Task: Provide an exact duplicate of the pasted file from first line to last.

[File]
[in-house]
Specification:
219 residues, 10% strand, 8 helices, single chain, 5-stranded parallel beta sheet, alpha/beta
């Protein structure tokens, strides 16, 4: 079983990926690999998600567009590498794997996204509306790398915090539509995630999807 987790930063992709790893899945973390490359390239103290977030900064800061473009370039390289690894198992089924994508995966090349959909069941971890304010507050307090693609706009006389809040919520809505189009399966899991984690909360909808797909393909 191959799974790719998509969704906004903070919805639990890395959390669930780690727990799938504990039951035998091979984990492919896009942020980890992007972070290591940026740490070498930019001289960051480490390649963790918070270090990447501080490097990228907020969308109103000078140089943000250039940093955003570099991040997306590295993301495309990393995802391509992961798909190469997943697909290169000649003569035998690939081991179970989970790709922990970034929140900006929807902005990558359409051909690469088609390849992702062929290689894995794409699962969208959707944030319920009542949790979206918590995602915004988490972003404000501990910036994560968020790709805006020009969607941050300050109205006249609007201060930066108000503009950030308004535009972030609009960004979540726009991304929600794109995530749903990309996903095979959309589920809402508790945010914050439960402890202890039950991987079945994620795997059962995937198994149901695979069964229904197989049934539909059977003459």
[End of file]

[in-house]
Specification:
219 residues, 10% strand, 8 helices, single chain, 5-stranded parallel beta sheet, alpha/beta
């Protein structure tokens, strides 16, 4: 079983990926690999998600567009590498794997996204509306790398915090539509995630999807 987790930063992709790893899945973390490359390239103290977030900064800061473009370039390289690894198992089924994508995966090349959909069941971890304010507050307090693609706009006389809040919520809505189009399966899991984690909360909808797909393909 191959799974790719998509969704906004903070919805639990890395959390669930780690727990799938504990039951035998091979984990492919896009942020980890992007972070290591940026740490070498930019001289960051480490390649963790918070270090990447501080490097990228907020969308109103000078140089943000250039940093955003570099991040997306590295993301495309990393995802391509992961798909190469997943697909290169000649003569035998690939081991179970989970790709922990970034929140900006929807902005990558359409051909690469088609390849992702062929290689894995794409699962969208959707944030319920009542949790979206918590995602915004988490972003404000501990910036994560968020790709805006020009969607941050300050109205006249609007201060930066108000503009950030308004535009972030609009960004979540726009991304929600794109995530749903990309996903095979959309589920809402508790945010914050439960402890202890039950991987079945994620795997059962995937198994149901695979069964229904197989049934539909059977003459």